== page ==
British expats are among thousands voting with their feet and moving elsewhere as Spain’s economy continues to struggle.
Things are now so bad in the country that the stampede of deserting expats has registered Spain’s first population drop since 1857, when records began.
With unemployment now running at 26%, the country’s National Statistics Institute has revealed that the population is 47.1 million, a fall of 206,000, and the missing thousands are nearly all foreigners heading home.
Among them is a growing number of fed-up Brits who are faced with a number of challenges, not least the fact that many cannot sell their homes to move back to the UK.
Even immigrants from South America, particularly Colombians and Ecuadoreans, have left to find work back in their home countries because there are more jobs there.
Albert Esteve, from Barcelona’s Centre for Demographic Studies, said: “There are no jobs in Spain which makes it less attractive for immigrants and the country saw growth in immigration between 2000 and 2009 which is now reversing quickly because of the economic crisis.”
Against this flood of people leaving, Spaniards aged between 18 and 30 are the first in the country’s history who have been guaranteed a lower quality of life than their parents.
This is a generation of well-educated, middle class young people who are working in poorly paying jobs and who are unlikely to ever buy a property – the Spanish call them the mileuristas.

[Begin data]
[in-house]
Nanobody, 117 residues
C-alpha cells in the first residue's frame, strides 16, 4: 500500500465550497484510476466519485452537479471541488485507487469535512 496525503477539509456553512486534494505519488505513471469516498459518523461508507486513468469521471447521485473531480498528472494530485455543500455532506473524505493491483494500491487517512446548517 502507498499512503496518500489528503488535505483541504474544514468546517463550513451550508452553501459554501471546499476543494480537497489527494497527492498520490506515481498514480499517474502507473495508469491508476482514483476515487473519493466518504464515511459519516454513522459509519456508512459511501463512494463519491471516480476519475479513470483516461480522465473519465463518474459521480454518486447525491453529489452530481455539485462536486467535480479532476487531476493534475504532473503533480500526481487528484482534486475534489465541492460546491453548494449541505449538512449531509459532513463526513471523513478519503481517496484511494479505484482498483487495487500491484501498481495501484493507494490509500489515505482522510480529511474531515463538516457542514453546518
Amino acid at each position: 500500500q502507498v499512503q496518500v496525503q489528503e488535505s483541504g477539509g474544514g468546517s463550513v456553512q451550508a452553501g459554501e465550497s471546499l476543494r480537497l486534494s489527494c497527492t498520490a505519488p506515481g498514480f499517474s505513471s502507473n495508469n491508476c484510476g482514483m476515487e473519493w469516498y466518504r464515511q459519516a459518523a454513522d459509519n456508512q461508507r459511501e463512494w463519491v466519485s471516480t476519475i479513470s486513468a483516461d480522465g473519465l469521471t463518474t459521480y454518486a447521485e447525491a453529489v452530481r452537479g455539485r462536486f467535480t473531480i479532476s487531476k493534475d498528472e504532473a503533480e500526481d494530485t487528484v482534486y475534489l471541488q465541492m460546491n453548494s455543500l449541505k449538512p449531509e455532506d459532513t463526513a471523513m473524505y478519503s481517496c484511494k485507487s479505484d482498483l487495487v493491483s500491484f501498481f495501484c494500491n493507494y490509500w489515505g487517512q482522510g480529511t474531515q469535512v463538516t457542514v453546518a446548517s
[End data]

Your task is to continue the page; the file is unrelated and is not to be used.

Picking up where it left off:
With property prices crashing by 30% since the housing crisis, and financial analysts predicting another 10% drop, there is a glut of unsold and empty properties waiting for buyers, which the mileuristas are still unlikely to be in a position to buy.
However, with the plummeting Sterling now nearly at parity with the Euro, many thousands of British expats are also stuck in homes that are now in negative equity.
Spaniards have little sympathy for the plight of Brits since many have opted to live in what have been dubbed as ‘expat ghettos’ where many do not mix with locals and do not speak Spanish.
They still enjoy the comforts of home, such as British pubs, but many have struggled financially with the Pound’s fall and rising living costs – especially keeping a home warm in winter.
Another major problem which has arisen recently surrounds new Spanish tax laws which will affect the estimated 200,000 expats who are facing hefty fines if they don’t declare all of their financial assets in Spain and abroad.
With many fearing another Cyprus-style cash grab on their assets, many British expats have simply handed in their residence cards and returned to the UK.